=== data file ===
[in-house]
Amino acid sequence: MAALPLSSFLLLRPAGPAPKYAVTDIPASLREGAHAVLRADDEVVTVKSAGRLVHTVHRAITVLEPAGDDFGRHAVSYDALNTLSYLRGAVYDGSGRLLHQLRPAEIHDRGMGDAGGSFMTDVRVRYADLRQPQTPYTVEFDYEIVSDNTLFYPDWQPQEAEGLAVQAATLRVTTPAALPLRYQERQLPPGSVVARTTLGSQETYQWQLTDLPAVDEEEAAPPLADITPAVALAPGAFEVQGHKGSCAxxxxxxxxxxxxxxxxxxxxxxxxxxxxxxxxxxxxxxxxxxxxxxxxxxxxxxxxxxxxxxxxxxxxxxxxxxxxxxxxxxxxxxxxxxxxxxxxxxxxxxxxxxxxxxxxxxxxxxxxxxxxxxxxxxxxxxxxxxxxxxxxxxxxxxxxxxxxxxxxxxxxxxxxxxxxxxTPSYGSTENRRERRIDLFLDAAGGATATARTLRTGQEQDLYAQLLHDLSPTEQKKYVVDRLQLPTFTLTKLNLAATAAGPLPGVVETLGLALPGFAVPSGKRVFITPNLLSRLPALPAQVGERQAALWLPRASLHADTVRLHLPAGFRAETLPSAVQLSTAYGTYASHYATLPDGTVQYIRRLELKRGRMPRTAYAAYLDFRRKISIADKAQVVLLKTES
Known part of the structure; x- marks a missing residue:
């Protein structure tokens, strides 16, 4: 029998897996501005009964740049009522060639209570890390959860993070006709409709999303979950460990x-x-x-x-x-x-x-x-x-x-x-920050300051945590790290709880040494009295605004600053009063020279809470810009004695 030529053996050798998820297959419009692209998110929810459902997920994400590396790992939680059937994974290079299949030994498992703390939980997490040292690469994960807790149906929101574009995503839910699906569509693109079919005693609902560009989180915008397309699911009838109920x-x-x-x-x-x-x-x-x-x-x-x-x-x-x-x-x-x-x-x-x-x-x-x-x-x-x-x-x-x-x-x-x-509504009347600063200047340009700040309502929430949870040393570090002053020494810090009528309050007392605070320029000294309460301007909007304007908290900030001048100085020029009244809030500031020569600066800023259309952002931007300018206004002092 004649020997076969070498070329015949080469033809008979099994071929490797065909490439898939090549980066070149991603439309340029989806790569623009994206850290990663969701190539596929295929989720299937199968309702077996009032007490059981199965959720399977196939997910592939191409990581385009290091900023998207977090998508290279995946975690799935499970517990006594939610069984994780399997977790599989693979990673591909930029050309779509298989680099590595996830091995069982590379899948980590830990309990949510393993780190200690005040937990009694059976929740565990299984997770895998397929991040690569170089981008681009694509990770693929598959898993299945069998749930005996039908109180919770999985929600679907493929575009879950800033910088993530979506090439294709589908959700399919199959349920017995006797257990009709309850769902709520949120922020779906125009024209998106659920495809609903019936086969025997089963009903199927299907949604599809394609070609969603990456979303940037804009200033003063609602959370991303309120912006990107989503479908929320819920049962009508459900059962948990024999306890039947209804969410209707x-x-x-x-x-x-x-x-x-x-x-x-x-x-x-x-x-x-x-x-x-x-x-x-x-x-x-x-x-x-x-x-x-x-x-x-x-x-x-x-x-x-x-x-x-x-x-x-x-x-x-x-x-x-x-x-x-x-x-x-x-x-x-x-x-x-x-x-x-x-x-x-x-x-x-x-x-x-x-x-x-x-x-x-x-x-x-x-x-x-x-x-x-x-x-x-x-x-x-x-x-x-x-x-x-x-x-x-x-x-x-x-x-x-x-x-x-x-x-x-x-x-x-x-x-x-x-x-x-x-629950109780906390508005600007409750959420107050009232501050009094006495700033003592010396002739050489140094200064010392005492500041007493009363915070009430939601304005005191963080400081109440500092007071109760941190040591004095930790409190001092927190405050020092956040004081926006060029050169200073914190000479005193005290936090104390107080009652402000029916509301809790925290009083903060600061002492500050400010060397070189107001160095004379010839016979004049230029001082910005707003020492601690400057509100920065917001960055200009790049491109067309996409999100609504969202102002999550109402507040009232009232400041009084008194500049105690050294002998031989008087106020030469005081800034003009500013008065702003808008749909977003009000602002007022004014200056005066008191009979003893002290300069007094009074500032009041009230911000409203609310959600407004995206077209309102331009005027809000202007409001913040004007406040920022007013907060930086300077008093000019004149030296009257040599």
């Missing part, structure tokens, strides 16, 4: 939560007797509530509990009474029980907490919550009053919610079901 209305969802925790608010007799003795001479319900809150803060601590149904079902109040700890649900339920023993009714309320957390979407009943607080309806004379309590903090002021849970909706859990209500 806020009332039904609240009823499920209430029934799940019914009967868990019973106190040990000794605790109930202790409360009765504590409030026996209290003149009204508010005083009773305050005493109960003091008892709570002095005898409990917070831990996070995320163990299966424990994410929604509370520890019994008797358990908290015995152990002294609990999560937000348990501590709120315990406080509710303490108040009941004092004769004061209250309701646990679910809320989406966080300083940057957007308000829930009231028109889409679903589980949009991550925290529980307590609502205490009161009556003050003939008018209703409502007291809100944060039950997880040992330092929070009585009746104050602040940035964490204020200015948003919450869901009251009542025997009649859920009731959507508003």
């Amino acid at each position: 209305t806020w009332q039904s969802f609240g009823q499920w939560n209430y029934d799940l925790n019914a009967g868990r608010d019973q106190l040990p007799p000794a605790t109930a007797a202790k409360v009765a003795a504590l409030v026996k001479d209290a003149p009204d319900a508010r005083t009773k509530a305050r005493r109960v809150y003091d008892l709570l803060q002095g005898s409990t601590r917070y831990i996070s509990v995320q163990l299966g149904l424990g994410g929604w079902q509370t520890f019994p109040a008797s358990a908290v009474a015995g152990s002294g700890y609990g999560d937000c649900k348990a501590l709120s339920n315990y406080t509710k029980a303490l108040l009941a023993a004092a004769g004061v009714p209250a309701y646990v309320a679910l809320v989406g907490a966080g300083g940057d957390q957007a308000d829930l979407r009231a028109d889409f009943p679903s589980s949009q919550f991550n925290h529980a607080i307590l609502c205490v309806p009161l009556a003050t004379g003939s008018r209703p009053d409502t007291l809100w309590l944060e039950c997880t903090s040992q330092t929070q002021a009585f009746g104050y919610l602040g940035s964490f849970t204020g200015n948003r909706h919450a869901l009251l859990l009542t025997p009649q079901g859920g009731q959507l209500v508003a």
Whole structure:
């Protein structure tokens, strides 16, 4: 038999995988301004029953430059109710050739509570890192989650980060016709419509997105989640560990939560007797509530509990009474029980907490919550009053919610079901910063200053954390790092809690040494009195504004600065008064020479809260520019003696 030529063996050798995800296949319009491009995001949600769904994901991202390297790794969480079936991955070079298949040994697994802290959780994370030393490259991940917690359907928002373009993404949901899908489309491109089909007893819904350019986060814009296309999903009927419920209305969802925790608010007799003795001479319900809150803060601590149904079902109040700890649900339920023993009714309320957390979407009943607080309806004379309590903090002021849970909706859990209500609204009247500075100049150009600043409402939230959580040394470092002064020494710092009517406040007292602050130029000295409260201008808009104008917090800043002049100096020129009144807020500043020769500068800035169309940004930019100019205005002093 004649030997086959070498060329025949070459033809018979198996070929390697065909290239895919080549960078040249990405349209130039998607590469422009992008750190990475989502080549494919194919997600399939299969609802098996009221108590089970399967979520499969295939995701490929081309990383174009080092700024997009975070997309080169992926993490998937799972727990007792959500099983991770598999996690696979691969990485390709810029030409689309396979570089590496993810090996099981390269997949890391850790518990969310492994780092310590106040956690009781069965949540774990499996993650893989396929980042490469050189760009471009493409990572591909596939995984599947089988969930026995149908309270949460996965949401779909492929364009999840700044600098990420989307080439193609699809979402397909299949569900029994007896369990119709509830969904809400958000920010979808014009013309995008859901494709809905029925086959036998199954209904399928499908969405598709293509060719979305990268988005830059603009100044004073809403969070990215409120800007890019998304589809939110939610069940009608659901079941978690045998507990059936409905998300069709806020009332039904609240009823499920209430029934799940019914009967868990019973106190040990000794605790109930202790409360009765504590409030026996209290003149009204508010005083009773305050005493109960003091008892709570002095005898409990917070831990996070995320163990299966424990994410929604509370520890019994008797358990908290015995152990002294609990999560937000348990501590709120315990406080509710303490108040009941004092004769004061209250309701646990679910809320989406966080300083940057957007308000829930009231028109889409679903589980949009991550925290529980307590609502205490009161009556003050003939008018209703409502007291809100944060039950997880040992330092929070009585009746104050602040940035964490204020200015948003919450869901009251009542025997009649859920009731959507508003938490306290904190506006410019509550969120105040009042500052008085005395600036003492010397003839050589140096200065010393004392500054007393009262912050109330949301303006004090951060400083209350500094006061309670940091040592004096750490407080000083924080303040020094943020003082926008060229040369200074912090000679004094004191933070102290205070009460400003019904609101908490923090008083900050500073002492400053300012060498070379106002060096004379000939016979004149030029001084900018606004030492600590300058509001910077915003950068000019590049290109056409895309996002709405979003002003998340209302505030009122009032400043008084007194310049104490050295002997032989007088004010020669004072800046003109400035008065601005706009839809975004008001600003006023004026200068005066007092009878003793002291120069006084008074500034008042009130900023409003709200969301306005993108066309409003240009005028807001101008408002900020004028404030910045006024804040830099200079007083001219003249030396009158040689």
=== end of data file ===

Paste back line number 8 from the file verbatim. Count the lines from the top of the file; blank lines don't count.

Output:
């Protein structure tokens, strides 16, 4: 038999995988301004029953430059109710050739509570890192989650980060016709419509997105989640560990939560007797509530509990009474029980907490919550009053919610079901910063200053954390790092809690040494009195504004600065008064020479809260520019003696 030529063996050798995800296949319009491009995001949600769904994901991202390297790794969480079936991955070079298949040994697994802290959780994370030393490259991940917690359907928002373009993404949901899908489309491109089909007893819904350019986060814009296309999903009927419920209305969802925790608010007799003795001479319900809150803060601590149904079902109040700890649900339920023993009714309320957390979407009943607080309806004379309590903090002021849970909706859990209500609204009247500075100049150009600043409402939230959580040394470092002064020494710092009517406040007292602050130029000295409260201008808009104008917090800043002049100096020129009144807020500043020769500068800035169309940004930019100019205005002093 004649030997086959070498060329025949070459033809018979198996070929390697065909290239895919080549960078040249990405349209130039998607590469422009992008750190990475989502080549494919194919997600399939299969609802098996009221108590089970399967979520499969295939995701490929081309990383174009080092700024997009975070997309080169992926993490998937799972727990007792959500099983991770598999996690696979691969990485390709810029030409689309396979570089590496993810090996099981390269997949890391850790518990969310492994780092310590106040956690009781069965949540774990499996993650893989396929980042490469050189760009471009493409990572591909596939995984599947089988969930026995149908309270949460996965949401779909492929364009999840700044600098990420989307080439193609699809979402397909299949569900029994007896369990119709509830969904809400958000920010979808014009013309995008859901494709809905029925086959036998199954209904399928499908969405598709293509060719979305990268988005830059603009100044004073809403969070990215409120800007890019998304589809939110939610069940009608659901079941978690045998507990059936409905998300069709806020009332039904609240009823499920209430029934799940019914009967868990019973106190040990000794605790109930202790409360009765504590409030026996209290003149009204508010005083009773305050005493109960003091008892709570002095005898409990917070831990996070995320163990299966424990994410929604509370520890019994008797358990908290015995152990002294609990999560937000348990501590709120315990406080509710303490108040009941004092004769004061209250309701646990679910809320989406966080300083940057957007308000829930009231028109889409679903589980949009991550925290529980307590609502205490009161009556003050003939008018209703409502007291809100944060039950997880040992330092929070009585009746104050602040940035964490204020200015948003919450869901009251009542025997009649859920009731959507508003938490306290904190506006410019509550969120105040009042500052008085005395600036003492010397003839050589140096200065010393004392500054007393009262912050109330949301303006004090951060400083209350500094006061309670940091040592004096750490407080000083924080303040020094943020003082926008060229040369200074912090000679004094004191933070102290205070009460400003019904609101908490923090008083900050500073002492400053300012060498070379106002060096004379000939016979004149030029001084900018606004030492600590300058509001910077915003950068000019590049290109056409895309996002709405979003002003998340209302505030009122009032400043008084007194310049104490050295002997032989007088004010020669004072800046003109400035008065601005706009839809975004008001600003006023004026200068005066007092009878003793002291120069006084008074500034008042009130900023409003709200969301306005993108066309409003240009005028807001101008408002900020004028404030910045006024804040830099200079007083001219003249030396009158040689």